Complex Hydrology

It should be noted that the course of the Ganges River described in the above paragraphs is a general description of the river's route from its source where the Bhagirathi and Alaknanda rivers join to its outlet at the Bay of Bengal. The Ganges has very complicated hydrology, and there are several different descriptions of its overall length and the size of its drainage basin based on what tributary rivers are included. The most widely accepted length of the Ganges River is 1,569 miles (2,525 km), and its drainage basin is estimated to be about 416,990 square miles (1,080,000 sq km).

The Population of the Ganges River

The Ganges River basin has been inhabited by humans since ancient times. The first people in the region were of the Harappan civilization. They moved into the Ganges River basin from the Indus River basin around the 2nd millennium BCE. Later, the Gangetic Plain became the center of the Maurya Empire and then the Mughal Empire. The first European to discuss the Ganges River was Megasthenes in his work Indica.

Source of Life

In modern times, the Ganges River has become a source of life for the nearly 400 million people living in its basin. They rely on the river for their daily needs such as drinking water supplies and food and for irrigation and manufacturing. Today, the Ganges River basin is the most populated river basin in the world. It has a population density of about 1,000 people per square mile (390 per sq km).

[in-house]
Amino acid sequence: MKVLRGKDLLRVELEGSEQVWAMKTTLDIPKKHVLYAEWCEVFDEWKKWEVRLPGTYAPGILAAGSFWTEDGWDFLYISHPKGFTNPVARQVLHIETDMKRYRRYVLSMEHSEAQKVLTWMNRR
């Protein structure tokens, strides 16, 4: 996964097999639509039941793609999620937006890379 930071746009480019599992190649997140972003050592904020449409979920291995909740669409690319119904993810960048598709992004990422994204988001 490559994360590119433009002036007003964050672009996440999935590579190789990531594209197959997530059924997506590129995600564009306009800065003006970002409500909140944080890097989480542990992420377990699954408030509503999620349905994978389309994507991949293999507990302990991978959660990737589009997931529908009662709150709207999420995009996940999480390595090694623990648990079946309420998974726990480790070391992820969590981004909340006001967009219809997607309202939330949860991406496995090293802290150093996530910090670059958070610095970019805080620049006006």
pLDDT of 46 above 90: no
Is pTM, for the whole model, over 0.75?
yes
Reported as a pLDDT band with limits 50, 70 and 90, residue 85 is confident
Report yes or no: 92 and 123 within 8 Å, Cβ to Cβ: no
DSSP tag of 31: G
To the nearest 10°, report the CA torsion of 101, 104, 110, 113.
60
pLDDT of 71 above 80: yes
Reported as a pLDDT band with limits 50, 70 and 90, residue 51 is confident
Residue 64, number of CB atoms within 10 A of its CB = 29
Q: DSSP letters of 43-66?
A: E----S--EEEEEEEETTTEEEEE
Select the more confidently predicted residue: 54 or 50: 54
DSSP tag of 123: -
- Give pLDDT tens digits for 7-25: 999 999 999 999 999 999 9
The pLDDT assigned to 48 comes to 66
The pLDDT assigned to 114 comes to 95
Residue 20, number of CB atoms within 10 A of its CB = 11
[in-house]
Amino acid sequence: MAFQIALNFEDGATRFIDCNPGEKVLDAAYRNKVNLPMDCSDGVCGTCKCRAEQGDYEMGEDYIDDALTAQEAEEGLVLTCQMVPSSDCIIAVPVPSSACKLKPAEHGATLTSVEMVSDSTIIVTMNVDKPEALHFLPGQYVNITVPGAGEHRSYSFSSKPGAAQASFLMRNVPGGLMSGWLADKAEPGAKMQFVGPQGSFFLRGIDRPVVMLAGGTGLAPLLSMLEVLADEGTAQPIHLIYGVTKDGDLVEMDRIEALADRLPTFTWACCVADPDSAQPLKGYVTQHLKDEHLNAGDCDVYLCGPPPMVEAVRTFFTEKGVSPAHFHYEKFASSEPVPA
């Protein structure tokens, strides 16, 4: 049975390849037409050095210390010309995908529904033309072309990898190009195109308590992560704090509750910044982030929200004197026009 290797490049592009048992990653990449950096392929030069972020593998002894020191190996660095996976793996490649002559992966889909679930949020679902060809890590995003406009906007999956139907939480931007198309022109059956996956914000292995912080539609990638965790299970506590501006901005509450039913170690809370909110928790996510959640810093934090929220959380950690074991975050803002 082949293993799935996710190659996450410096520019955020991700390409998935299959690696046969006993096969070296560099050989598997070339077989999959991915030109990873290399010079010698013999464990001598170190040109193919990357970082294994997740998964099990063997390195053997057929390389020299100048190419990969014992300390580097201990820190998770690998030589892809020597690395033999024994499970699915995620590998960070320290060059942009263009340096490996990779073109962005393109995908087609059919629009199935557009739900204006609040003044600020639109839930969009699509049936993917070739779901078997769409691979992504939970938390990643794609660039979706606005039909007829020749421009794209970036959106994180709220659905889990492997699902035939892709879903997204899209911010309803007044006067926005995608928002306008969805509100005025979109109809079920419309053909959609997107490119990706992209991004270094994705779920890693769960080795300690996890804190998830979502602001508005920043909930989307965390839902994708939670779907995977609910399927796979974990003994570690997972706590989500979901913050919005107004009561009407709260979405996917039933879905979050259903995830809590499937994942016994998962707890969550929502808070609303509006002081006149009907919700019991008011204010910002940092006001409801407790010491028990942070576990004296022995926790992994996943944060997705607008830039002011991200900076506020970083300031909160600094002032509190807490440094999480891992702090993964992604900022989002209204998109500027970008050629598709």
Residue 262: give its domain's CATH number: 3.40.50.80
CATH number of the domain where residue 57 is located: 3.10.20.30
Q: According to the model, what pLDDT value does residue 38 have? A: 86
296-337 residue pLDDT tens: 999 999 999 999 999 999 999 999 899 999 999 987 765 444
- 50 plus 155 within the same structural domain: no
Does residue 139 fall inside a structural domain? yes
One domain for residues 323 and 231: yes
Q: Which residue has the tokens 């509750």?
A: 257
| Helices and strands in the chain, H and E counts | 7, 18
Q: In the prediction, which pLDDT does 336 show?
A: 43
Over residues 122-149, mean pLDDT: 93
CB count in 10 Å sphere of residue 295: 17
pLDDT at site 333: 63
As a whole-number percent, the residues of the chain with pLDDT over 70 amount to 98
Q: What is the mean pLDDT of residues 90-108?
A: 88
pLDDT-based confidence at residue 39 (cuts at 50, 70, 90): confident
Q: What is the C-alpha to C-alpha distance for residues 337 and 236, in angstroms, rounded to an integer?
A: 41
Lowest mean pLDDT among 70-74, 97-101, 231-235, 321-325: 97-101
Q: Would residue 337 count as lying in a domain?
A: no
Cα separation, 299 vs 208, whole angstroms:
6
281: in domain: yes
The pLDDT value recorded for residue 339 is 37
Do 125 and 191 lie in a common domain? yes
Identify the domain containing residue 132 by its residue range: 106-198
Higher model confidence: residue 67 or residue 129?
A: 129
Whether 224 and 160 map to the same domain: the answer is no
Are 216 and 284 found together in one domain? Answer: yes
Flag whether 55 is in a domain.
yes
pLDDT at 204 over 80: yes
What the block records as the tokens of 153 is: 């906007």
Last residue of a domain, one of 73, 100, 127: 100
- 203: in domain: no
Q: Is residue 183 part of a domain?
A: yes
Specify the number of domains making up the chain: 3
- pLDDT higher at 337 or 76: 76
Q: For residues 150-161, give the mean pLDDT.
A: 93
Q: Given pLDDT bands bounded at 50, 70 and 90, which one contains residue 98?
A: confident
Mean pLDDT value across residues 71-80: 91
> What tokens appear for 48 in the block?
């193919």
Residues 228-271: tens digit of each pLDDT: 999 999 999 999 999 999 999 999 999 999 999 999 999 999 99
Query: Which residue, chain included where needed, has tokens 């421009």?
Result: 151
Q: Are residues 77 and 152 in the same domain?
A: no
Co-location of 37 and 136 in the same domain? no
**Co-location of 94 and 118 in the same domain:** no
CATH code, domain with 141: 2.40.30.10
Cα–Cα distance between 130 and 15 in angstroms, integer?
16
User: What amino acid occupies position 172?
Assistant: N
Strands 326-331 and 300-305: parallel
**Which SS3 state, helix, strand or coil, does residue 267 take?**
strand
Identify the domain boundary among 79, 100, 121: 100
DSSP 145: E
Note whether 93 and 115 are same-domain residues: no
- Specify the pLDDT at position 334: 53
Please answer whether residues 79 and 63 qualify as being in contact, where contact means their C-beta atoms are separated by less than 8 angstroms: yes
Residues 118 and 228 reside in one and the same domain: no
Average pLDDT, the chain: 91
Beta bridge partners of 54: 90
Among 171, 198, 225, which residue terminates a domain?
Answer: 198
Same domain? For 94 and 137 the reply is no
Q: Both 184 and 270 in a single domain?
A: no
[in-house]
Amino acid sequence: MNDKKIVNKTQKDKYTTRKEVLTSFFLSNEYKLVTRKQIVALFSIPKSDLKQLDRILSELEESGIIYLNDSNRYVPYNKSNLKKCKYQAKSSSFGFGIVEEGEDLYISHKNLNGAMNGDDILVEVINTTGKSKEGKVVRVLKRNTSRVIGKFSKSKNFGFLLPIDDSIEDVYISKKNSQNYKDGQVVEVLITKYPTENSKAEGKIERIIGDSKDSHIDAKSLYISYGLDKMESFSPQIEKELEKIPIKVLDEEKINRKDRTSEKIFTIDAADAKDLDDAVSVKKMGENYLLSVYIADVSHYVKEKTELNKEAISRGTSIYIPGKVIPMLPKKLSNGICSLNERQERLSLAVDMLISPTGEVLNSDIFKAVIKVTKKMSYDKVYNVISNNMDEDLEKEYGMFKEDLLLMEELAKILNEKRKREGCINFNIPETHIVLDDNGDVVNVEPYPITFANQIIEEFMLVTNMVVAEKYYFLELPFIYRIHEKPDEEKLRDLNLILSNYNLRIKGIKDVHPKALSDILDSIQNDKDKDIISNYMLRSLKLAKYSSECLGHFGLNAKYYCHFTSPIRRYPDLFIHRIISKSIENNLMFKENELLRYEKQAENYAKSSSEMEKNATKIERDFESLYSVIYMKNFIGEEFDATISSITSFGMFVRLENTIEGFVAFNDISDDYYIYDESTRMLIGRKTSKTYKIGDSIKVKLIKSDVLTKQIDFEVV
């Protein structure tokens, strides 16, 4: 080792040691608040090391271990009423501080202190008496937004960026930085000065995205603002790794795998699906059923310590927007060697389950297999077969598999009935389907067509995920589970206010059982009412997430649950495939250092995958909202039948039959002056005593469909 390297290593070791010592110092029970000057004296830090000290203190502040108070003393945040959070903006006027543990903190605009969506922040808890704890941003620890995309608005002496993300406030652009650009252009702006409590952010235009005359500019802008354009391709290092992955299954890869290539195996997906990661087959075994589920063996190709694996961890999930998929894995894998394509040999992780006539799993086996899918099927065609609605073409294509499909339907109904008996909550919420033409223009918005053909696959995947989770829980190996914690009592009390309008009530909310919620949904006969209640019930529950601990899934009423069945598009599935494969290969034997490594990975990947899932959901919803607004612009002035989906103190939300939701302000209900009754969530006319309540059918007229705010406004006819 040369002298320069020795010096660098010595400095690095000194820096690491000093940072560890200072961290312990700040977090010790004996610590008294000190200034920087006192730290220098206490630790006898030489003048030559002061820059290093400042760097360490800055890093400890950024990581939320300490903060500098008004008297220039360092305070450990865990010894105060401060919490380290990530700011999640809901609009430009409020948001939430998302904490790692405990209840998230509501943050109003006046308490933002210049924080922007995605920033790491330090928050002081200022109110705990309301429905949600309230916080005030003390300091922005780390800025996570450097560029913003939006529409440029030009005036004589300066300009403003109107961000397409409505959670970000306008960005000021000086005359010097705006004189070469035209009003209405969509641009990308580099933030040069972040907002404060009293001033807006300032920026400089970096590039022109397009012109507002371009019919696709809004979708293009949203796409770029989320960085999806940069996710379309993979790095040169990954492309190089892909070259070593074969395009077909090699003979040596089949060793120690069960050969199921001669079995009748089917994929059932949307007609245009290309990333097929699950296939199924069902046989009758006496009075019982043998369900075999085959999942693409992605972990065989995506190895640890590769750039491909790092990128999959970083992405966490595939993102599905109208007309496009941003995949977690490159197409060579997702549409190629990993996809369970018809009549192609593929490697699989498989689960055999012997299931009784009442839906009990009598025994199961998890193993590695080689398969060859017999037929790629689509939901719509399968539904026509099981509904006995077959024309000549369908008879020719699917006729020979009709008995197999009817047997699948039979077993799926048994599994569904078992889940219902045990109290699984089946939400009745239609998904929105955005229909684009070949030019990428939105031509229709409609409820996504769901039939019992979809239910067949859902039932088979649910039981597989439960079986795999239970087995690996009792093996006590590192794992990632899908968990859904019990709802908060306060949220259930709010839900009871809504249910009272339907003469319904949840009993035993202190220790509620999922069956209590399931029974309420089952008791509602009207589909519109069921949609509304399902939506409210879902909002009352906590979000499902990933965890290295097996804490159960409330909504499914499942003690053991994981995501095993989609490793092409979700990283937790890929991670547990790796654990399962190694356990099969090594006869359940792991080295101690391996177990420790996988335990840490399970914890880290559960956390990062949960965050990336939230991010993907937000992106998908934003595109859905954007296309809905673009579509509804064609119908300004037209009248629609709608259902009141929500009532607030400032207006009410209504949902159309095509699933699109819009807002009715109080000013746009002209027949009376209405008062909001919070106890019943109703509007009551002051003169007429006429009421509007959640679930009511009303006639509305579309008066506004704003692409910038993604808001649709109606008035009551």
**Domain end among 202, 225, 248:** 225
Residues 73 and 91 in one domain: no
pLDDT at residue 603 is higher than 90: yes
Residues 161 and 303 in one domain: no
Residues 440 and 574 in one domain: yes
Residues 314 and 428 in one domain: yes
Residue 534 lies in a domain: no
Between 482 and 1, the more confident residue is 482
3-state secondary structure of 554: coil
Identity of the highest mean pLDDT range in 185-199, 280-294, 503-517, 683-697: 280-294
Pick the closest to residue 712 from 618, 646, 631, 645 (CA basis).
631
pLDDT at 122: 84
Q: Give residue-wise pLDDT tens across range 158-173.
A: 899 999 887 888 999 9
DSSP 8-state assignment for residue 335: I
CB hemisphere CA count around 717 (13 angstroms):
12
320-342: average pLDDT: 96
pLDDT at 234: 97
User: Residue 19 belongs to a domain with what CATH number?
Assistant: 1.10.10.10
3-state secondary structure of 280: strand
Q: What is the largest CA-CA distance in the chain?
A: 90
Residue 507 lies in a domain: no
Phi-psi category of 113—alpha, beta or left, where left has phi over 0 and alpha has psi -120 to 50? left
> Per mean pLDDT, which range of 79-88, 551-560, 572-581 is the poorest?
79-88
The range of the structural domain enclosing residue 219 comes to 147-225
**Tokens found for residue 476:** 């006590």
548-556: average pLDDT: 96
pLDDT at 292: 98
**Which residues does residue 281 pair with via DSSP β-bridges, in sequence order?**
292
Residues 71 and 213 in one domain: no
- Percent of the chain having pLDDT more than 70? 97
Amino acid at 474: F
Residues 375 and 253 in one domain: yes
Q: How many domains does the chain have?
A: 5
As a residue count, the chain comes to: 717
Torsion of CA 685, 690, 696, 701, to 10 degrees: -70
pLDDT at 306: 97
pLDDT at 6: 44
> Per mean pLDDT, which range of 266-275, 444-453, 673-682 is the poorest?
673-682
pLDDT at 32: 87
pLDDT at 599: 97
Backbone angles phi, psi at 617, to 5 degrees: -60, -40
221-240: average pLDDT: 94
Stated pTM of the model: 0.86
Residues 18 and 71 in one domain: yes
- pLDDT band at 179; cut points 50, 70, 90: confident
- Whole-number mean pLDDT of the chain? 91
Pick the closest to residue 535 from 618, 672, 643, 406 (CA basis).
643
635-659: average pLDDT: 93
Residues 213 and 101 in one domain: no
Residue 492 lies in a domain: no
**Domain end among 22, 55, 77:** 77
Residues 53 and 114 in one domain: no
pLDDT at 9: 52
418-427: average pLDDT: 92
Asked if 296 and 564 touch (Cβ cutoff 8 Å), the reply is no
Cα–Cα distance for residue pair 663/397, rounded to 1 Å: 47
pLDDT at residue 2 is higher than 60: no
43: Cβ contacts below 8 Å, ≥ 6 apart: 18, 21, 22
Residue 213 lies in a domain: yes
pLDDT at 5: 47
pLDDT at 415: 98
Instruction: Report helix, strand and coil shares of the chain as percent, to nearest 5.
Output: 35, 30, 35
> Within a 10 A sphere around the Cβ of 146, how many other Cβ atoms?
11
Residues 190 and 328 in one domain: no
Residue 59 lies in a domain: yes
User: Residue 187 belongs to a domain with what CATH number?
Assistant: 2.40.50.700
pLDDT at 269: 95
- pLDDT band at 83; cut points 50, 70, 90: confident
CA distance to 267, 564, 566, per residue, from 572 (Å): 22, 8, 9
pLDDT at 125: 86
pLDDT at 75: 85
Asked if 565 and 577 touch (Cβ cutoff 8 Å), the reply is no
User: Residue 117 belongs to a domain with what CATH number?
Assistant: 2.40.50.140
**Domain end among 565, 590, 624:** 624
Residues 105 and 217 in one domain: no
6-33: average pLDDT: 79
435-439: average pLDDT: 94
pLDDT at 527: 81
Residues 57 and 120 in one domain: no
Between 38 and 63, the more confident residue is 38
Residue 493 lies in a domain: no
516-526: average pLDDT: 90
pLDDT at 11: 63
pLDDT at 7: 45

The Significance of the Ganges River

Aside from providing drinking water and irrigating fields, the Ganges River is extremely important to India's Hindu population for religious reasons as well. The Ganges River is considered their most sacred river, and it is worshiped as the goddess Ganga Ma or "Mother Ganges." 

According to the Myth of the Ganges, the goddess Ganga descended from heaven to dwell in the waters of the Ganges River to protect, purify and bring to heaven those who touch it. Devout Hindus visit the river daily to offer flowers and food to Ganga. They also drink the water and bathe in the river to cleanse and purify their sins.

'Pitriloka,' the World of the Ancestors

Hindus believe that upon death the waters of the Ganges River are needed to reach the World of the Ancestors, Pitriloka. As a result, Hindus bring their dead to the river for cremation along its banks and afterward their ashes are spread in the river. In some cases, corpses are also thrown into the river. The city of Varanasi is the holiest of cities along the Ganges River and many Hindus travel there to place ashes of their dead in the river.

Along with daily baths in the Ganges River and offerings to the goddess Ganga, there are large religious festivals that occur in the river throughout the year where millions of people travel to the river to bathe so that they can be purified of their sins.